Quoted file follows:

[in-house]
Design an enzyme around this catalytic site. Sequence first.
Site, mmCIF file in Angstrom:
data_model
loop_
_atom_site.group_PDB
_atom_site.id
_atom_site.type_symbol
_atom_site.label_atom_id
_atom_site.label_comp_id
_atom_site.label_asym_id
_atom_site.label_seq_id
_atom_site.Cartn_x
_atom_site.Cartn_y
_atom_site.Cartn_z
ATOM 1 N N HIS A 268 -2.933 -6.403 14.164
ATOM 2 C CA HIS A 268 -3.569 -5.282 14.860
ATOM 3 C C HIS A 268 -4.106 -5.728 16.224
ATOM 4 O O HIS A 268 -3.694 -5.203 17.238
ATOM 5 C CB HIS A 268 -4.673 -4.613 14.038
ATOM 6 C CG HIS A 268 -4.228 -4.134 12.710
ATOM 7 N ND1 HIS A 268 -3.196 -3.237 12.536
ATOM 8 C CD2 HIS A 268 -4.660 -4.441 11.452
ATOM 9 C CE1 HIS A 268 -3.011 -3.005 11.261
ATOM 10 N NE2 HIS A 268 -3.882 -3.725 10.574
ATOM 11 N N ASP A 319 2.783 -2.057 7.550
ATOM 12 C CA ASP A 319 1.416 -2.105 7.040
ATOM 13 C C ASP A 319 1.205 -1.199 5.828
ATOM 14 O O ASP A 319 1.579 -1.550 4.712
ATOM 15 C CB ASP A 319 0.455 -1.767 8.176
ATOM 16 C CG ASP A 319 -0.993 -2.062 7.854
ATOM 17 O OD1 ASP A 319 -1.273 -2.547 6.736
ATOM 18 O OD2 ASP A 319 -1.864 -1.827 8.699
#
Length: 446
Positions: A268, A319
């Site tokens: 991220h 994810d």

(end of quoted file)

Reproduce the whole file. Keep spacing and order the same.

[in-house]
Design an enzyme around this catalytic site. Sequence first.
Site, mmCIF file in Angstrom:
data_model
loop_
_atom_site.group_PDB
_atom_site.id
_atom_site.type_symbol
_atom_site.label_atom_id
_atom_site.label_comp_id
_atom_site.label_asym_id
_atom_site.label_seq_id
_atom_site.Cartn_x
_atom_site.Cartn_y
_atom_site.Cartn_z
ATOM 1 N N HIS A 268 -2.933 -6.403 14.164
ATOM 2 C CA HIS A 268 -3.569 -5.282 14.860
ATOM 3 C C HIS A 268 -4.106 -5.728 16.224
ATOM 4 O O HIS A 268 -3.694 -5.203 17.238
ATOM 5 C CB HIS A 268 -4.673 -4.613 14.038
ATOM 6 C CG HIS A 268 -4.228 -4.134 12.710
ATOM 7 N ND1 HIS A 268 -3.196 -3.237 12.536
ATOM 8 C CD2 HIS A 268 -4.660 -4.441 11.452
ATOM 9 C CE1 HIS A 268 -3.011 -3.005 11.261
ATOM 10 N NE2 HIS A 268 -3.882 -3.725 10.574
ATOM 11 N N ASP A 319 2.783 -2.057 7.550
ATOM 12 C CA ASP A 319 1.416 -2.105 7.040
ATOM 13 C C ASP A 319 1.205 -1.199 5.828
ATOM 14 O O ASP A 319 1.579 -1.550 4.712
ATOM 15 C CB ASP A 319 0.455 -1.767 8.176
ATOM 16 C CG ASP A 319 -0.993 -2.062 7.854
ATOM 17 O OD1 ASP A 319 -1.273 -2.547 6.736
ATOM 18 O OD2 ASP A 319 -1.864 -1.827 8.699
#
Length: 446
Positions: A268, A319
């Site tokens: 991220h 994810d």